Homeless not Helpless



She was sitting on a plastic crate out in the steady Puget Sound mist. The layers of old clothes and nearby trash bag full of her belongings defined her existence: homeless. But as I approached she didn’t beg. Instead, she gave me a thumbs-up and smiled as I walked briskly past her. My mind wasn’t on the bag lady; it was focused on me and where I was heading. She didn’t try to stop me, but called out as I strode past, “You look like you could use a prayer—I’ll be praying for you today.”

That stopped me—but only briefly. I turned and thanked her. Our eyes connected for a few seconds. I noticed that she and I were probably close in age, but there the similarities ended. I waved and turned away.

Later that afternoon, she was in the same place, but had tucked a blanket around her legs. I could see from a block away she was still wearing her smile even though the blustery wind had added its misery. Now a small army of workers with briefcases and backpacks hustled past her on the way to the next ferry—taking them to warm homes and dinnertime. She smiled and wished them a “terrific” evening, even as they ignored her.

 I kept pace with a crowd of walking workers. I checked my watch and slowed down. No need to stand in the ferry line with the daily throng. She spotted me and smiled bigger, if that were possible. “There you are again! Now you’re smiling. Do you know how much a smile can change a day?” Wisdom of the homeless.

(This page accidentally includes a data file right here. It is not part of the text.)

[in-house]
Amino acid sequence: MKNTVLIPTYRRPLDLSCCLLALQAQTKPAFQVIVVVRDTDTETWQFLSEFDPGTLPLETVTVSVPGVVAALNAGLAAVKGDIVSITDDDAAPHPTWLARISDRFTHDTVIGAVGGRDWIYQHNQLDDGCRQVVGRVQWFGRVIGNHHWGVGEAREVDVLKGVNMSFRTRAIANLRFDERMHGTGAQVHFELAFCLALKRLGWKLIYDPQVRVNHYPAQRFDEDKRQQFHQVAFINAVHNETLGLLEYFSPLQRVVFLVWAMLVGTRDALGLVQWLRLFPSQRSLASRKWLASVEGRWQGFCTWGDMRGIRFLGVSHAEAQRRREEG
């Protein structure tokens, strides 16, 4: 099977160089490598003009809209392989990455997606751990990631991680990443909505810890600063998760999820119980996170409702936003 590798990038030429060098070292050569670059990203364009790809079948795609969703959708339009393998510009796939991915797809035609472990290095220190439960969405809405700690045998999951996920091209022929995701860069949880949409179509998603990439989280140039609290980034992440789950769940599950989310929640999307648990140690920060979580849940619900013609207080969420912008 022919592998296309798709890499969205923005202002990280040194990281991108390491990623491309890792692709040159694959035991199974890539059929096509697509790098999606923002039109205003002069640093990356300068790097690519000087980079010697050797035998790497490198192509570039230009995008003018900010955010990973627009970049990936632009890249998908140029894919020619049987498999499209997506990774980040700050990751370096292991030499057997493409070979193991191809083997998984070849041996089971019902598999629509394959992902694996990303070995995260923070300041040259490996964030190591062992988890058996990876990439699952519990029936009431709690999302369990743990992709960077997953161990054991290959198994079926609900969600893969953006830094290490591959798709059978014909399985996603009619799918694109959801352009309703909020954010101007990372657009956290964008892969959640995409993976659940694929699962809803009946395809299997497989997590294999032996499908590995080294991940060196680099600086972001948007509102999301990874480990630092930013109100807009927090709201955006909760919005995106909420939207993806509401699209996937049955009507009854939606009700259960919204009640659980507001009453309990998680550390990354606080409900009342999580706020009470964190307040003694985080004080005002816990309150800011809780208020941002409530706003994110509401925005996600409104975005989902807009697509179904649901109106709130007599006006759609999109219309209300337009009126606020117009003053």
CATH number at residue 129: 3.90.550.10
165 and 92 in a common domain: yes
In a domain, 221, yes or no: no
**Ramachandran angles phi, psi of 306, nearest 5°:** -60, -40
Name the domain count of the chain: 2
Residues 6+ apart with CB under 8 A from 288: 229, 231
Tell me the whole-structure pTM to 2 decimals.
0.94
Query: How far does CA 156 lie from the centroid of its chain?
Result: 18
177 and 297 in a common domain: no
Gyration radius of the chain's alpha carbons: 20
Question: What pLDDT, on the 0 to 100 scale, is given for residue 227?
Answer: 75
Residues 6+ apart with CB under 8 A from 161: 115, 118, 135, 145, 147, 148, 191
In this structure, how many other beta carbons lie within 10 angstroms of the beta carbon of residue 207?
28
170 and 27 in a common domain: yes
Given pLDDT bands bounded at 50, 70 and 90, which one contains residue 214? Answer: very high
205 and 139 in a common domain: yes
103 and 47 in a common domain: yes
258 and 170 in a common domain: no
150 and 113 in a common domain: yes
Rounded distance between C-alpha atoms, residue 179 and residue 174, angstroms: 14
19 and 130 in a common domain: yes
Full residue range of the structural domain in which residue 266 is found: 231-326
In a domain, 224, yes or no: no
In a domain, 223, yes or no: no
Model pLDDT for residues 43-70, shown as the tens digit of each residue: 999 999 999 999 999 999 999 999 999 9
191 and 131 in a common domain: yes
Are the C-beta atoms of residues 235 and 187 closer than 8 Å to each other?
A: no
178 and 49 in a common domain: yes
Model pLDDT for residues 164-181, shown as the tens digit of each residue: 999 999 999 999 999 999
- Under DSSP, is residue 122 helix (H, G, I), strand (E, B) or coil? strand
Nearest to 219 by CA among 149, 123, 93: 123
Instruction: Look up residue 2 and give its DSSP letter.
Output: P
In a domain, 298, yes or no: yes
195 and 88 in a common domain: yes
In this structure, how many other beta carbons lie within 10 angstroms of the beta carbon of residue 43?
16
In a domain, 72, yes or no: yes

I noticed that she was peddling newspapers that few were buying. In Seattle, Real Change lets the homeless make a small percentage from every newspaper they sell. I bought one and saw perhaps a hundred unsold copies beneath her crate.


She proudly wore her Real Change ID badge. Her name and picture appeared beneath a bold vendor number. She was homeless, but someone somewhere had given her an ID. Her joy wasn’t based on how many papers she sold—but on the value she felt because she was trying. She didn’t have a home, but she had a purpose. She complimented all who passed by her makeshift newspaper stand. 

She assured me that she’d be able to work her way up from here. Watching her, I believed she could. As I turned to go, she gave me some more of her homeless wisdom: “Every day I trust Jesus to help me take a step closer to my home.” 




For the cost of a few coins, I saw faith in action. She was trusting God even when she didn't know where she’d sleep that night. Her faith was rooted deeper than mine. God uses our action to help us get where we need to be. For this woman, selling Real Change helps, but she’s trusting God to make the real change she needs. 





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